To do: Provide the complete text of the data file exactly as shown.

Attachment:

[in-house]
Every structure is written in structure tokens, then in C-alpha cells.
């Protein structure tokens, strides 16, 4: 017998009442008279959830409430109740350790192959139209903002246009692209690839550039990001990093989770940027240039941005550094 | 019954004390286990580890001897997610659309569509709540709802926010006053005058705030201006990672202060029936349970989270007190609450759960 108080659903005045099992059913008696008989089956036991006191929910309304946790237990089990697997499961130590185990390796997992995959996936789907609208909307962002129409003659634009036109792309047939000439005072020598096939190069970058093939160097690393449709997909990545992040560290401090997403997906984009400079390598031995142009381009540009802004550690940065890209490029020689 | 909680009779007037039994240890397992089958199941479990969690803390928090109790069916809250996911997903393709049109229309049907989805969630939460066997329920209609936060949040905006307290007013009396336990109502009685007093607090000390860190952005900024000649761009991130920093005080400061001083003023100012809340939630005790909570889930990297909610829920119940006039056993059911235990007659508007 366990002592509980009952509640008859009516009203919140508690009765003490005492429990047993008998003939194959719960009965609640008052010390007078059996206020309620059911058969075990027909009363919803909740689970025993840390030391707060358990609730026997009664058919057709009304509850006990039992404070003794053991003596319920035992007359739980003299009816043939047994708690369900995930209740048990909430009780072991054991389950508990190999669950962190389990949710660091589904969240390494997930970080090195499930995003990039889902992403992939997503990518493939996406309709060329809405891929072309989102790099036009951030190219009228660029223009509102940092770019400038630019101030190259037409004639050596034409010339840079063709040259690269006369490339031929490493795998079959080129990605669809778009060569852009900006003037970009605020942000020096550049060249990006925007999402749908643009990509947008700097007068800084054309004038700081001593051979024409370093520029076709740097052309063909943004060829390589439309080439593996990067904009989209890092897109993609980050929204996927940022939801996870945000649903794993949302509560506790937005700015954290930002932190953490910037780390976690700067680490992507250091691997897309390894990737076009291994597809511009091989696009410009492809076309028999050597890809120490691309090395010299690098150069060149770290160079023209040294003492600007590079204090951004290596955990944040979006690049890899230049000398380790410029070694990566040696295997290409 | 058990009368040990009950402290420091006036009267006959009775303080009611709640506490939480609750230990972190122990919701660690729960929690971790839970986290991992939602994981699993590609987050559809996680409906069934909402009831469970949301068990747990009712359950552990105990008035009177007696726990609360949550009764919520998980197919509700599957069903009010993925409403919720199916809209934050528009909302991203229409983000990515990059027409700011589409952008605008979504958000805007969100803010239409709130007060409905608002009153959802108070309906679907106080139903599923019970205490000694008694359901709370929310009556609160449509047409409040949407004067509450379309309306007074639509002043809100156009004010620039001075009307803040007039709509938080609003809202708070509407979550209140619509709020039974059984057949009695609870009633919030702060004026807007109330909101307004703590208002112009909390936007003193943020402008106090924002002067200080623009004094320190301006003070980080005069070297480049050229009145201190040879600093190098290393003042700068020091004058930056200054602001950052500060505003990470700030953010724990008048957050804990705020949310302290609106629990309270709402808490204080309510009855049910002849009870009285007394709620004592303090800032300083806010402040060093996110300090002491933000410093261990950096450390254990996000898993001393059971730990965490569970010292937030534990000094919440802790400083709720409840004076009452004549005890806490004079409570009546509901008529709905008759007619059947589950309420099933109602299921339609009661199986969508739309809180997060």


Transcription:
[in-house]
Every structure is written in structure tokens, then in C-alpha cells.
């Protein structure tokens, strides 16, 4: 017998009442008279959830409430109740350790192959139209903002246009692209690839550039990001990093989770940027240039941005550094 | 019954004390286990580890001897997610659309569509709540709802926010006053005058705030201006990672202060029936349970989270007190609450759960 108080659903005045099992059913008696008989089956036991006191929910309304946790237990089990697997499961130590185990390796997992995959996936789907609208909307962002129409003659634009036109792309047939000439005072020598096939190069970058093939160097690393449709997909990545992040560290401090997403997906984009400079390598031995142009381009540009802004550690940065890209490029020689 | 909680009779007037039994240890397992089958199941479990969690803390928090109790069916809250996911997903393709049109229309049907989805969630939460066997329920209609936060949040905006307290007013009396336990109502009685007093607090000390860190952005900024000649761009991130920093005080400061001083003023100012809340939630005790909570889930990297909610829920119940006039056993059911235990007659508007 366990002592509980009952509640008859009516009203919140508690009765003490005492429990047993008998003939194959719960009965609640008052010390007078059996206020309620059911058969075990027909009363919803909740689970025993840390030391707060358990609730026997009664058919057709009304509850006990039992404070003794053991003596319920035992007359739980003299009816043939047994708690369900995930209740048990909430009780072991054991389950508990190999669950962190389990949710660091589904969240390494997930970080090195499930995003990039889902992403992939997503990518493939996406309709060329809405891929072309989102790099036009951030190219009228660029223009509102940092770019400038630019101030190259037409004639050596034409010339840079063709040259690269006369490339031929490493795998079959080129990605669809778009060569852009900006003037970009605020942000020096550049060249990006925007999402749908643009990509947008700097007068800084054309004038700081001593051979024409370093520029076709740097052309063909943004060829390589439309080439593996990067904009989209890092897109993609980050929204996927940022939801996870945000649903794993949302509560506790937005700015954290930002932190953490910037780390976690700067680490992507250091691997897309390894990737076009291994597809511009091989696009410009492809076309028999050597890809120490691309090395010299690098150069060149770290160079023209040294003492600007590079204090951004290596955990944040979006690049890899230049000398380790410029070694990566040696295997290409 | 058990009368040990009950402290420091006036009267006959009775303080009611709640506490939480609750230990972190122990919701660690729960929690971790839970986290991992939602994981699993590609987050559809996680409906069934909402009831469970949301068990747990009712359950552990105990008035009177007696726990609360949550009764919520998980197919509700599957069903009010993925409403919720199916809209934050528009909302991203229409983000990515990059027409700011589409952008605008979504958000805007969100803010239409709130007060409905608002009153959802108070309906679907106080139903599923019970205490000694008694359901709370929310009556609160449509047409409040949407004067509450379309309306007074639509002043809100156009004010620039001075009307803040007039709509938080609003809202708070509407979550209140619509709020039974059984057949009695609870009633919030702060004026807007109330909101307004703590208002112009909390936007003193943020402008106090924002002067200080623009004094320190301006003070980080005069070297480049050229009145201190040879600093190098290393003042700068020091004058930056200054602001950052500060505003990470700030953010724990008048957050804990705020949310302290609106629990309270709402808490204080309510009855049910002849009870009285007394709620004592303090800032300083806010402040060093996110300090002491933000410093261990950096450390254990996000898993001393059971730990965490569970010292937030534990000094919440802790400083709720409840004076009452004549005890806490004079409570009546509901008529709905008759007619059947589950309420099933109602299921339609009661199986969508739309809180997060």